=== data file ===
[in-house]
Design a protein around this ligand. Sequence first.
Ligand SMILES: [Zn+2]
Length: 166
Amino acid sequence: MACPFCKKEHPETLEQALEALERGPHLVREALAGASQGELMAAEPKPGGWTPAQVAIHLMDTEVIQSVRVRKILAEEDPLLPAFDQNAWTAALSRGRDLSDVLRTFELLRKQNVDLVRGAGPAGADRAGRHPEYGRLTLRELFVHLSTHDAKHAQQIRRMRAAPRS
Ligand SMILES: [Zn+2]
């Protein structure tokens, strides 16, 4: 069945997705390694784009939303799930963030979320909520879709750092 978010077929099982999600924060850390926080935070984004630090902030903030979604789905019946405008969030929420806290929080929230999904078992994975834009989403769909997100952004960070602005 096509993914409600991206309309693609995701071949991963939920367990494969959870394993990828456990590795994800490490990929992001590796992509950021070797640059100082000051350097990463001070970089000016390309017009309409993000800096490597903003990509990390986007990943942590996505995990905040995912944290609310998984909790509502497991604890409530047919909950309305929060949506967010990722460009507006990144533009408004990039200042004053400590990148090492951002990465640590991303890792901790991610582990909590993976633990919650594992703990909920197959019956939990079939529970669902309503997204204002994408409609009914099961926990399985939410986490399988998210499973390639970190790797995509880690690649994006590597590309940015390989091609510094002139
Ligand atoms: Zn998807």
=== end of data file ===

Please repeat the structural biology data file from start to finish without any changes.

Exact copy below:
[in-house]
Design a protein around this ligand. Sequence first.
Ligand SMILES: [Zn+2]
Length: 166
Amino acid sequence: MACPFCKKEHPETLEQALEALERGPHLVREALAGASQGELMAAEPKPGGWTPAQVAIHLMDTEVIQSVRVRKILAEEDPLLPAFDQNAWTAALSRGRDLSDVLRTFELLRKQNVDLVRGAGPAGADRAGRHPEYGRLTLRELFVHLSTHDAKHAQQIRRMRAAPRS
Ligand SMILES: [Zn+2]
């Protein structure tokens, strides 16, 4: 069945997705390694784009939303799930963030979320909520879709750092 978010077929099982999600924060850390926080935070984004630090902030903030979604789905019946405008969030929420806290929080929230999904078992994975834009989403769909997100952004960070602005 096509993914409600991206309309693609995701071949991963939920367990494969959870394993990828456990590795994800490490990929992001590796992509950021070797640059100082000051350097990463001070970089000016390309017009309409993000800096490597903003990509990390986007990943942590996505995990905040995912944290609310998984909790509502497991604890409530047919909950309305929060949506967010990722460009507006990144533009408004990039200042004053400590990148090492951002990465640590991303890792901790991610582990909590993976633990919650594992703990909920197959019956939990079939529970669902309503997204204002994408409609009914099961926990399985939410986490399988998210499973390639970190790797995509880690690649994006590597590309940015390989091609510094002139
Ligand atoms: Zn998807």